Lee opened it and began reading aloud, “110 feet, twin V-16 2500 horsepower diesels, two Yannar 5KDL auxiliary generators, fuel capacity 15,000 gallons and accommodations for nine crew members in three single and three double cabins, Hercules 33-ton deck crane, fire- fighting equipment and spacious galley and mess area.

“What does something like this cost, a million, a million two?”

“Not even close,” Lou responded.

“More?” Lee asked.

“Seven hundred thousand, it has some mechanical and electrical issues, but my friend says that it’s nothing a good mechanic can’t fix and you’re the best mechanic I know.”

“Sounds like a great deal, but I don’t have 700 grand,” Lee sighed.

“I do,” Lou said without hesitation.

“It’s not much of a partnership if it’s all your money,” Lee questioned.

“I’ve given this considerable thought, so you just sit there and eat your breakfast and I’ll go through it point by point. This is a 50-50 partnership with my money and your skills and hard work. You can buy me out anytime you want. You can do it in installments or all at one time with no interest. I can help you or be a silent partner. You’ll be the captain and I’ll just be part of the crew. Any way you want to do it is fine with me.”

Lee was so moved by Lou’s offer that he didn’t know what to say except, “Why?”

“There are not many men in this world that I truly respect. Actually I can count them on two fingers and you’re one of them. As for the money, I don’t have any family to leave it to and if I die the government is going to get it. I would rather you use it than let some politicians waste it. Let’s be clear, this is not a gift, it’s a safer investment than the stock market. I know you won’t cheat me and we might even make a profit, so what’s the risk?”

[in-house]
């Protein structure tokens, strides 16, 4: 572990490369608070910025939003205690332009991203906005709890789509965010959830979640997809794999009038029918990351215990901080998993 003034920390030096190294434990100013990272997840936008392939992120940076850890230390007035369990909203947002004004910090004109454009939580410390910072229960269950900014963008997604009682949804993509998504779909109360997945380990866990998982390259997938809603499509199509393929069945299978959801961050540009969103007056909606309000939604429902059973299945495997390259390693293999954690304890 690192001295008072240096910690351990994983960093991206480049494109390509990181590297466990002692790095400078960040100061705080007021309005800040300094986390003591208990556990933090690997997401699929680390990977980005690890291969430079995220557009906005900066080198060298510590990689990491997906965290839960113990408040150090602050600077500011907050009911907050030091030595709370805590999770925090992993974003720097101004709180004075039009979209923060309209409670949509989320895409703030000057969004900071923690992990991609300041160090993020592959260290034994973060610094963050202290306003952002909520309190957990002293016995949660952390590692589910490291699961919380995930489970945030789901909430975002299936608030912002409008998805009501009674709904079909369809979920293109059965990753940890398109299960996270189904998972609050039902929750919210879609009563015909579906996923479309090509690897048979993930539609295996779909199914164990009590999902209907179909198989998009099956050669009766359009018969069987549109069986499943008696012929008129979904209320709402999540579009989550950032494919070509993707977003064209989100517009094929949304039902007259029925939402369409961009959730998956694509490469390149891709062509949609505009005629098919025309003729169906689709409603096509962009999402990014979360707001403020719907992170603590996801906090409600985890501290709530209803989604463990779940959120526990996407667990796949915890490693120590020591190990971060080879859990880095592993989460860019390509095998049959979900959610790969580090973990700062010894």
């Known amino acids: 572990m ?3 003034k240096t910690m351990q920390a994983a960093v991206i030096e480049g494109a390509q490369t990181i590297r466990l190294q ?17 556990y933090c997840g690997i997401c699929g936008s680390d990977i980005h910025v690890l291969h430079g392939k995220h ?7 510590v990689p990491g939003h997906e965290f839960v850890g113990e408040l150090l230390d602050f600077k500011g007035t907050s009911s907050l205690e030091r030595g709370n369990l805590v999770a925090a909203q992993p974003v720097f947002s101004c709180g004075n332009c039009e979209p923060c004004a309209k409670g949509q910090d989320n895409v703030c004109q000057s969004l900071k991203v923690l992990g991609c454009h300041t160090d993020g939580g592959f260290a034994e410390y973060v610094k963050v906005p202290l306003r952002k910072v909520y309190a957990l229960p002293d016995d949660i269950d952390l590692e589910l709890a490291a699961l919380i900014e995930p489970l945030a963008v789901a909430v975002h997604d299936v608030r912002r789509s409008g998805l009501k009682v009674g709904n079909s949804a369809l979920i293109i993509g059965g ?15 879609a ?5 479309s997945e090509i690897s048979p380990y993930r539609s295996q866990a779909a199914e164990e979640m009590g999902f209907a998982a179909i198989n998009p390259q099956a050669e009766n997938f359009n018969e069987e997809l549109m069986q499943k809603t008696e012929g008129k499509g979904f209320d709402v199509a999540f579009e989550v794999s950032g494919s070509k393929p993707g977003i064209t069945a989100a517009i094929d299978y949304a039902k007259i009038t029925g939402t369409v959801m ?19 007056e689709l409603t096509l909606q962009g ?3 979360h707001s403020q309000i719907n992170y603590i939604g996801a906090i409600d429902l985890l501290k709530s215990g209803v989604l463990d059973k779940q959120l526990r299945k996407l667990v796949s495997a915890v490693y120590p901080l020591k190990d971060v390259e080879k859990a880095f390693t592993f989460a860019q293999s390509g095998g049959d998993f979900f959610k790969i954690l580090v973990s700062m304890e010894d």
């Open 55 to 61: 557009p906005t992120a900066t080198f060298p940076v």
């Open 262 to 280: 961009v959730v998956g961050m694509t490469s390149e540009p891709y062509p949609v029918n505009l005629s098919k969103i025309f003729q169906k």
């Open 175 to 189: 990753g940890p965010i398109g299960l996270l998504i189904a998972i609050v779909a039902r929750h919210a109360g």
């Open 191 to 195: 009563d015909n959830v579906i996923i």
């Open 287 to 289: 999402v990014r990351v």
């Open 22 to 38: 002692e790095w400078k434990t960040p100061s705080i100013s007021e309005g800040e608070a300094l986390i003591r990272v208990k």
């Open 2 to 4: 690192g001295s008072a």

“I never realized that you were such an optimist,” Lee smiled.

“I’m not, I’m a coldhearted realist,” Lou countered.

*  *  *

Lee and Lou were driving north from Oceanside to San Pedro, California, where the Port of Los Angeles was located. It was 4 a.m. and pitch black except for a few isolated lights in the distance as they drove north on Interstate 5 through the wide-open space between Camp Pendleton and San Clemente, California. Lou was behind the wheel of his Toyota Tundra truck and Lee was in the passenger seat, staring out into the nothingness. “Other than being a hell of a mechanic, I don’t know that much about you,” Lou casually commented.

“Is this like our first date where we make small talk on our way to the Waffle House?” Lee joked.

“Forget it then,” Lou responded with mock anger.

“I graduated from the Naval Academy with a degree in mechanical engineering. I was assigned to an ocean tug in Sasebo, Japan. While we were on a salvage operation, we had an equipment malfunction with an aging underwater crane that should have been replaced years earlier. Two of the crew were injured and there was a lot of damage to our tug and the other ship. An investigation followed and you know the old rule in the Navy.”

“Everything that happens on a ship is the captain’s responsibility,” Lou responded.

“The commander was getting close to retirement and since I was new, I figured I had more options, so I told the investigators that I overlooked normal safety protocol and it was my fault. The commander still lost his ship, but was allowed to finish his career behind a desk.

“With that in my service record book, I was never going to get my own ship so after I was demoted from lieutenant to ensign I put in a transfer to the SEALS. I was with them for five years until I got wounded on a mission off the coast of Somalia,” Lee pulled his shirt down just low enough to expose a nine-inch jagged scar across his upper chest. “It broke my collarbone, and I lost 20 percent range of motion of my left arm. Not enough to affect my normal activities, but definitely enough to end my career in my special ops.”